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I'm mining a column of descriptions of contact reports. I am getting the frequencies of words in the column. However, some of the data is poorly entered and words like "followup" are sometimes entered as "follow up" which counts "follow" as one word and "up" as another. I was wondering what the best way to account for that in my query is? I would also like to eliminate certain names from the column such as "Smith." Here is my current query I'm using:

WITH mydata as 
( 
--query for test column
SELECT REGEXP_REPLACE(UPPER(TEST), ' ', '#') test 
    FROM (SELECT REGEXP_REPLACE (replace(description,'-','.'), '[' ||  
    REGEXP_REPLACE (replace(description,'-','.') || '!', '[^[:punct:]]')  || ']') test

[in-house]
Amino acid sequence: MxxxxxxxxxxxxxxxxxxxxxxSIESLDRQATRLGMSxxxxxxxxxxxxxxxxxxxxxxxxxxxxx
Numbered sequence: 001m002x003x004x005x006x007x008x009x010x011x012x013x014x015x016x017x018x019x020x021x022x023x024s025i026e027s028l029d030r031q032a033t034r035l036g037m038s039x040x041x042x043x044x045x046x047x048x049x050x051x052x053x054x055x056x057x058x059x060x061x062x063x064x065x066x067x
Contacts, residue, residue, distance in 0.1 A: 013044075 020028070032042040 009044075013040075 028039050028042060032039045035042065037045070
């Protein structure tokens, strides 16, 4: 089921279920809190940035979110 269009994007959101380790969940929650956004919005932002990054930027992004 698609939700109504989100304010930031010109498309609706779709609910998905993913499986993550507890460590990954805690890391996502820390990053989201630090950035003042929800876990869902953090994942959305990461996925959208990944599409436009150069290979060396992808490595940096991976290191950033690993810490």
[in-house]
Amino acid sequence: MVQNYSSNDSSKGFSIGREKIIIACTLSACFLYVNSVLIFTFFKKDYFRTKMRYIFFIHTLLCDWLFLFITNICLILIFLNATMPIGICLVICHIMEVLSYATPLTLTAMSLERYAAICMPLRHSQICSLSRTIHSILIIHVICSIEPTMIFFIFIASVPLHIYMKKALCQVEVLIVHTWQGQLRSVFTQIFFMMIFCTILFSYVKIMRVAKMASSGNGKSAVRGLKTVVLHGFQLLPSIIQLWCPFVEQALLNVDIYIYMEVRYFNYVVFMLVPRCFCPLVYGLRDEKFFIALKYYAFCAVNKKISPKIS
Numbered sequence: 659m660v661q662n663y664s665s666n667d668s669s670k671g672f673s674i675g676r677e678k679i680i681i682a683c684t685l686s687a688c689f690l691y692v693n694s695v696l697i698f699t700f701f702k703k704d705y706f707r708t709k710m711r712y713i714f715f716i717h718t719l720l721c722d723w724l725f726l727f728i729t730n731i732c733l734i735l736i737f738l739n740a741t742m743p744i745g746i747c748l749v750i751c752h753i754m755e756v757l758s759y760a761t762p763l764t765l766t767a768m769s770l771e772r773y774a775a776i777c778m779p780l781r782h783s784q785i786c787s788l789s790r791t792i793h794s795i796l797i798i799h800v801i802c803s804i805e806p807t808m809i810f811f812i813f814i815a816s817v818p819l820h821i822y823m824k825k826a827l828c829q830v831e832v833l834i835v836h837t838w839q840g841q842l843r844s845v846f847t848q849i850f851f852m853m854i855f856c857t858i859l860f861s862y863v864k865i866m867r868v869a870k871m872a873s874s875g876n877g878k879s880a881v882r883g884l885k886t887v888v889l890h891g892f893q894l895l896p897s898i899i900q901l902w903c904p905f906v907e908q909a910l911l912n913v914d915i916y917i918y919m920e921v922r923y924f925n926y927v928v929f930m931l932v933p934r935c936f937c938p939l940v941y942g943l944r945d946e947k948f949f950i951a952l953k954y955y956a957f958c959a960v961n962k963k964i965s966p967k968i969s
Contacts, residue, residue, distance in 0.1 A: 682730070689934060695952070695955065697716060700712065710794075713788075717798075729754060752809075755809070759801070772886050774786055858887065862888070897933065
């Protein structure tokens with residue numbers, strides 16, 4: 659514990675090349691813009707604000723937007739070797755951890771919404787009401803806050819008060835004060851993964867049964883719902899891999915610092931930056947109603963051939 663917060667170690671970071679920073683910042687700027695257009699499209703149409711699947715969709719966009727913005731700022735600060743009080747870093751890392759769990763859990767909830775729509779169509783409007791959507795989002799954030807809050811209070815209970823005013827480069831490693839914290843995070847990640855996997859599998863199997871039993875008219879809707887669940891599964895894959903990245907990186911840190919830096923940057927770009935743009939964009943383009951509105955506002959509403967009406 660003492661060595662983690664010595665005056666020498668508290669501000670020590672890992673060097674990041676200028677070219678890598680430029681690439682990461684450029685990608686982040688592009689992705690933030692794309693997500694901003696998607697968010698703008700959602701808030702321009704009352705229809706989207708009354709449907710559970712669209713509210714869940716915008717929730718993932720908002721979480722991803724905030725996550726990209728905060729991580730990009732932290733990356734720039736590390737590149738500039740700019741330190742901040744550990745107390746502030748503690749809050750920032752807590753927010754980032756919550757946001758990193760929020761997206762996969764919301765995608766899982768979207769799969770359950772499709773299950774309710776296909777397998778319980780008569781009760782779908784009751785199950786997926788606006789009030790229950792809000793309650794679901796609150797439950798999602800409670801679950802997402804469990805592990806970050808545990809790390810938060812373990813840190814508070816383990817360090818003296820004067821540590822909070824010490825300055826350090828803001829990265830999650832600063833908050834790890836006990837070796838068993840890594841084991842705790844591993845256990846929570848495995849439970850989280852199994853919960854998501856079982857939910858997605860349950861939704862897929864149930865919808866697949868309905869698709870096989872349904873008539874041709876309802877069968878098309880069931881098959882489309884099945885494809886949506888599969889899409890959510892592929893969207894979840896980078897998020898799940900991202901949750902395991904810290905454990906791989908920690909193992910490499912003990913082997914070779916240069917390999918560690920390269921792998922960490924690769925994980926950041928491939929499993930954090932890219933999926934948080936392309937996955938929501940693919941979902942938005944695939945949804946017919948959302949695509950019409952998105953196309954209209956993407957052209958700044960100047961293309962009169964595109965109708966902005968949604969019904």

FROM my_table)
), 
splitted_words as 
( 
SELECT REGEXP_SUBSTR(TEST,'[^#]+', 1, level) AS word 
FROM mydata 
CONNECT BY level <= LENGTH(regexp_replace(TEST,'[^#]')) + 1 
AND PRIOR ROWID = ROWID
AND PRIOR sys_guid() IS NOT NULL 
) 
SELECT word, 
COUNT(1) 
FROM splitted_words
GROUP BY word
ORDER BY COUNT(1) DESC;

and that gives me a column looking something like:

word       | count
-----------|---------
OFFICE     |  21062
SCHEDULING |  20290
VISIT      |  18412
WITH       |  16415
TO         |  15244
REQUEST    |  13097
LEFT       |  9277
MESSAGE    |  9187
UP         |  4465
FOLLOW     |  4182
EMAIL      |  3286
SMITH      |  857

I'm thinking I could make a series of WHERE (word NOT LIKE 'SMITH') for the names, but how can I count cases like "follow" and "up" as one word?

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